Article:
Let’s start with women.  There are currently 131 women in Congress, an all-time high.  131 out of a total of 535 is 24.5%.  So, 24.5% of Congress are women, but 50.8% of the population are women.  See the problem here?  Granted, one does not have to be a woman to understand women’s issues, but it helps, especially today when more and more male-dominated state legislatures are passing laws stripping women of the right to make their own reproductive health decisions. Men-women-dem-rep Interestingly, among democrats in Congress, there is a significantly higher number of women, but among republicans, only 10% are women.  Think about that one. women-blacks

Next let’s look at African-Americans.  There are 58 African-Americans in Congress, comprising 10.8% of the total.  Comparatively, African-Americans make up 13.4% of the population.  The disparity here is, perhaps, not as wide as the gender gap, and is much less than it once was, but is still there.  Again, note the difference between democrat and republican.women-blacks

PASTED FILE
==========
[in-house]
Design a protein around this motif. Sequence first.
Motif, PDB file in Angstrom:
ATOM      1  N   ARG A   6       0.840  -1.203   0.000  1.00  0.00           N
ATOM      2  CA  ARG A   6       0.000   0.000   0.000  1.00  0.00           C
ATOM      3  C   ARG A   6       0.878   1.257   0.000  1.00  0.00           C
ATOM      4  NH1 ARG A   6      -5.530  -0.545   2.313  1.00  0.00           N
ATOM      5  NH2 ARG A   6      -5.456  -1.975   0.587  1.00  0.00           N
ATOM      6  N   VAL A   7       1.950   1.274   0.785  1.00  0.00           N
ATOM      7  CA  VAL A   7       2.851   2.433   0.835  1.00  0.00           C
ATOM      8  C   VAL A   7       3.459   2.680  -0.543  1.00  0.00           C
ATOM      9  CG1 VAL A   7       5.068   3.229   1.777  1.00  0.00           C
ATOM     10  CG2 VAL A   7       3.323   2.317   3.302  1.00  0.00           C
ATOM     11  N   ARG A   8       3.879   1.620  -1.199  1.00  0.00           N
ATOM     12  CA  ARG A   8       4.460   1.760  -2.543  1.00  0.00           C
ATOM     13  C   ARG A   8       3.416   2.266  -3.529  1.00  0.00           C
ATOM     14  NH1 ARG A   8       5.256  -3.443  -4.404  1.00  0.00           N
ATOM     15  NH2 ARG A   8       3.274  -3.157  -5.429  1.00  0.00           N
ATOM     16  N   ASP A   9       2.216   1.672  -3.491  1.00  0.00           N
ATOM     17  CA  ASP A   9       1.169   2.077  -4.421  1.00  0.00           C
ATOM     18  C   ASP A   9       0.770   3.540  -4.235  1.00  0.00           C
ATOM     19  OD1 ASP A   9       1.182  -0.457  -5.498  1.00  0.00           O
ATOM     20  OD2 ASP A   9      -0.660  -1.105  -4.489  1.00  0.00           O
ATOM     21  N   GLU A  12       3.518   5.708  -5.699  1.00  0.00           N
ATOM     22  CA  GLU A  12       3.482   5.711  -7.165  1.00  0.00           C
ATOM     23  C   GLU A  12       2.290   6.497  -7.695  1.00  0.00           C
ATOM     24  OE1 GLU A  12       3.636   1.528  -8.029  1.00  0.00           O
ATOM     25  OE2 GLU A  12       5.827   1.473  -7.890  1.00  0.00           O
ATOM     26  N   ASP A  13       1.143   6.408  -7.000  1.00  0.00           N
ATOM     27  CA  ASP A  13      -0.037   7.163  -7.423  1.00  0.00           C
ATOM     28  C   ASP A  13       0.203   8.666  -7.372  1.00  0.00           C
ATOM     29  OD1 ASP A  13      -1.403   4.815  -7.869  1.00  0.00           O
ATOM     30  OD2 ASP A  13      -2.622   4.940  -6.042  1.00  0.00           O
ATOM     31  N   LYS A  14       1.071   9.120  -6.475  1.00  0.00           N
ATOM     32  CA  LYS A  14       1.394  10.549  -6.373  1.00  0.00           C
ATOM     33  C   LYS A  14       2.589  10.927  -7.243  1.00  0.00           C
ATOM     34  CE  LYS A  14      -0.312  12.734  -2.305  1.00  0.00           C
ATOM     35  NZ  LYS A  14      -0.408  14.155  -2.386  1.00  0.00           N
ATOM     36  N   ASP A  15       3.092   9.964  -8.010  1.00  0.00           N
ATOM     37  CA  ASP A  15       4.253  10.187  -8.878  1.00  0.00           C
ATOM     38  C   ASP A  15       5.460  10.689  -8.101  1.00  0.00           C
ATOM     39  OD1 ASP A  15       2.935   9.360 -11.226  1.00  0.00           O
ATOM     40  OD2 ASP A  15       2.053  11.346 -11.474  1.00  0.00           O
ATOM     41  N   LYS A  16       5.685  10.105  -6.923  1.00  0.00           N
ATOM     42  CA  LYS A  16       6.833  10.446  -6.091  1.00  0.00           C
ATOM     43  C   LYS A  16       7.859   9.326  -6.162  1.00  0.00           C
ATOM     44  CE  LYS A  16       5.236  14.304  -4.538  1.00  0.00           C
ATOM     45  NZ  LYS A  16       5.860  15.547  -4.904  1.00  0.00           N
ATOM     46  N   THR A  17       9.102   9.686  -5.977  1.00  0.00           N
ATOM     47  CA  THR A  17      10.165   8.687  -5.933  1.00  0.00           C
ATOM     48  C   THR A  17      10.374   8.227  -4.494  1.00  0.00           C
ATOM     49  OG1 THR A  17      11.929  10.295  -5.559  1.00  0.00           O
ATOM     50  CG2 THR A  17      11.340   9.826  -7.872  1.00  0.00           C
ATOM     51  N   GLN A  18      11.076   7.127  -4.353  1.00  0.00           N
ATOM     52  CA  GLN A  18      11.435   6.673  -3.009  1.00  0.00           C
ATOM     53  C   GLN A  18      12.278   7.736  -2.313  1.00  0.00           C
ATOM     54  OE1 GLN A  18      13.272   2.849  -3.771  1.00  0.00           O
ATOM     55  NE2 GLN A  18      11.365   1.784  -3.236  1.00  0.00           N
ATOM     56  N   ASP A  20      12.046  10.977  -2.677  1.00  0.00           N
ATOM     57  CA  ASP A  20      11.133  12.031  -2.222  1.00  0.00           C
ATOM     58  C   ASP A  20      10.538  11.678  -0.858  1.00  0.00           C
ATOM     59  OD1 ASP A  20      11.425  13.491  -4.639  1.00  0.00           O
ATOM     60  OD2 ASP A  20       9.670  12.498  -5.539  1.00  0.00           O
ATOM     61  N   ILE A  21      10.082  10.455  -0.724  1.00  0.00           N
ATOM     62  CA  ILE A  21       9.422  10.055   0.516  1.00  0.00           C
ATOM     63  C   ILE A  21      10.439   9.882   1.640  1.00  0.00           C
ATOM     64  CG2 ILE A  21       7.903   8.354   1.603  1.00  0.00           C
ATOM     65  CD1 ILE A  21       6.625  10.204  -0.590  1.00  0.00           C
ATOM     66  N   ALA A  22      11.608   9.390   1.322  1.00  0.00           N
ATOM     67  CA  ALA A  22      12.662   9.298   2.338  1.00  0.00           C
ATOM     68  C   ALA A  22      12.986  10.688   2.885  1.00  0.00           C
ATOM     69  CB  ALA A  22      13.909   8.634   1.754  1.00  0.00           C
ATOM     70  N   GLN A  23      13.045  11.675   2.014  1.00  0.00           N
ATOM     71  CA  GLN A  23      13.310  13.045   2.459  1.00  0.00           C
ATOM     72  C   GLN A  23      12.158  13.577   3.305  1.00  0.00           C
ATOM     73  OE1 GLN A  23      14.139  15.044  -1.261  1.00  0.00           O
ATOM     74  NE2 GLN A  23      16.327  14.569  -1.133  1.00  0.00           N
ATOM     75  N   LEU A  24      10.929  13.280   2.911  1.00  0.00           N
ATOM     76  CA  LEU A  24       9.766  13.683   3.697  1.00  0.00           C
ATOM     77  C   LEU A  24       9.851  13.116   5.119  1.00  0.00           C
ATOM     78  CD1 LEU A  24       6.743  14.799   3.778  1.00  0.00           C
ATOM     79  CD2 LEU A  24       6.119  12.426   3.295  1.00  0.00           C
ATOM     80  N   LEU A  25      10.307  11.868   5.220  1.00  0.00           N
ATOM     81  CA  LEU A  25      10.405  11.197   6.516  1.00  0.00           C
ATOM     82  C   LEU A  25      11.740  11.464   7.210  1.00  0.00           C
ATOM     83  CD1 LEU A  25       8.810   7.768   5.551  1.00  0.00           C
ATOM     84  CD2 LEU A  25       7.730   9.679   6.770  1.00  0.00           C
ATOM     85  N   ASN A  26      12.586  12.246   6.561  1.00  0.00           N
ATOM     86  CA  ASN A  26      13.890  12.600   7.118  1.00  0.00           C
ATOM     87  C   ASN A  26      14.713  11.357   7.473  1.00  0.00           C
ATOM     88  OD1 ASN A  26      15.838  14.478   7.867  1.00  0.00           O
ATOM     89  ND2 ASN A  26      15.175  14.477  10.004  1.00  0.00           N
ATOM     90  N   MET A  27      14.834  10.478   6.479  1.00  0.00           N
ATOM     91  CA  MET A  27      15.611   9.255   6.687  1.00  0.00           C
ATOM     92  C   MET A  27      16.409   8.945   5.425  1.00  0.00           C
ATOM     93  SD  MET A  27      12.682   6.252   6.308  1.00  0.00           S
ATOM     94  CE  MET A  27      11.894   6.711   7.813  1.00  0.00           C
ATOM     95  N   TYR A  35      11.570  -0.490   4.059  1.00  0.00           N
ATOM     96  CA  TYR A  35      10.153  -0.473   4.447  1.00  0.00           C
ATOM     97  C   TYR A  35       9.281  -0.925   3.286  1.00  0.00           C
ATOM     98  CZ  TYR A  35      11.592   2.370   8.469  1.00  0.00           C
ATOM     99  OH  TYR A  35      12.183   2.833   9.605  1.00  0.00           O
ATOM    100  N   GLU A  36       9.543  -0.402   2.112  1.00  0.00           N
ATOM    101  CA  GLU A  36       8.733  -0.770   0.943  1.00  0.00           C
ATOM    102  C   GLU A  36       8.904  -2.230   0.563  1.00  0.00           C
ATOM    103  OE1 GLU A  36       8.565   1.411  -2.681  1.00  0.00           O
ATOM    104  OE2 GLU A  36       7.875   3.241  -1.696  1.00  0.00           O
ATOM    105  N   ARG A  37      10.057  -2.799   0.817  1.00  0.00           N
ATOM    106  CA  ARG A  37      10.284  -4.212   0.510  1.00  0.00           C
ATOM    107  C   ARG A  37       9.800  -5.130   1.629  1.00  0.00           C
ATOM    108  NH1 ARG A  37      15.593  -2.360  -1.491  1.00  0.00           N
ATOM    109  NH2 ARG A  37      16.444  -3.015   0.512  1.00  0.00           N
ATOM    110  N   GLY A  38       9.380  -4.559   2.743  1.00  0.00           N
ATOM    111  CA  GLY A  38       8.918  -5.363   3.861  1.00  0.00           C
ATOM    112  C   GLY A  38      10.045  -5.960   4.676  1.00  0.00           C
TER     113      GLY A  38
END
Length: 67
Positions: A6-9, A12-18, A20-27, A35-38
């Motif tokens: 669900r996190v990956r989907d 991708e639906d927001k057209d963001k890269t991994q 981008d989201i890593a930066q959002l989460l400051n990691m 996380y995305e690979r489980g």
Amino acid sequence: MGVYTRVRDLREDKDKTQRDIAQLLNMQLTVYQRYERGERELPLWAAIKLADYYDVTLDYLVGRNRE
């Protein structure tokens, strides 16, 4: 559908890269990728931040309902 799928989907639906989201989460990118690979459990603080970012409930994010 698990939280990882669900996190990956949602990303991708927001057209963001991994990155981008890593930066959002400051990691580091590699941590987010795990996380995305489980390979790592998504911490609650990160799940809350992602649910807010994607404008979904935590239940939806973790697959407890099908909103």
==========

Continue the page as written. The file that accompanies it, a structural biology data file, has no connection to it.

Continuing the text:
What about age?  The average age at the beginning of the 116th Congress was 57.6 years for Representatives and 62.9 years for Senators.  How does that compare to the population as a whole?  13% of the population are between 55-64, and 16% are over 65.  Seems rather like younger people are under-represented, wouldn’t you say?  On the upside, however, the average age of incoming members of Congress this year was 47, so we are seeing some younger blood … perhaps it’s time for some of those crotchety old men (Mitchell McConnell) to retire?

One of the big dividers is religion.  While there is a disparately higher number of most every religious group, it is interesting to note that not one single member of Congress is ‘unaffiliated’, while nearly a quarter of the nation’s population are unaffiliated with any organized religion.  I fall into that category, as do many readers of this blog … we are not even a blip on the radar of Congress.  To me, this is a problem, for in the past two years, many of the barriers between church and state have been breached and we seem to be on our way toward a theocracy of sorts, which would leave nearly a fourth of the population out in the cold.  More than 99% of republicans identify as Christian, compared to 78% of democrats.religion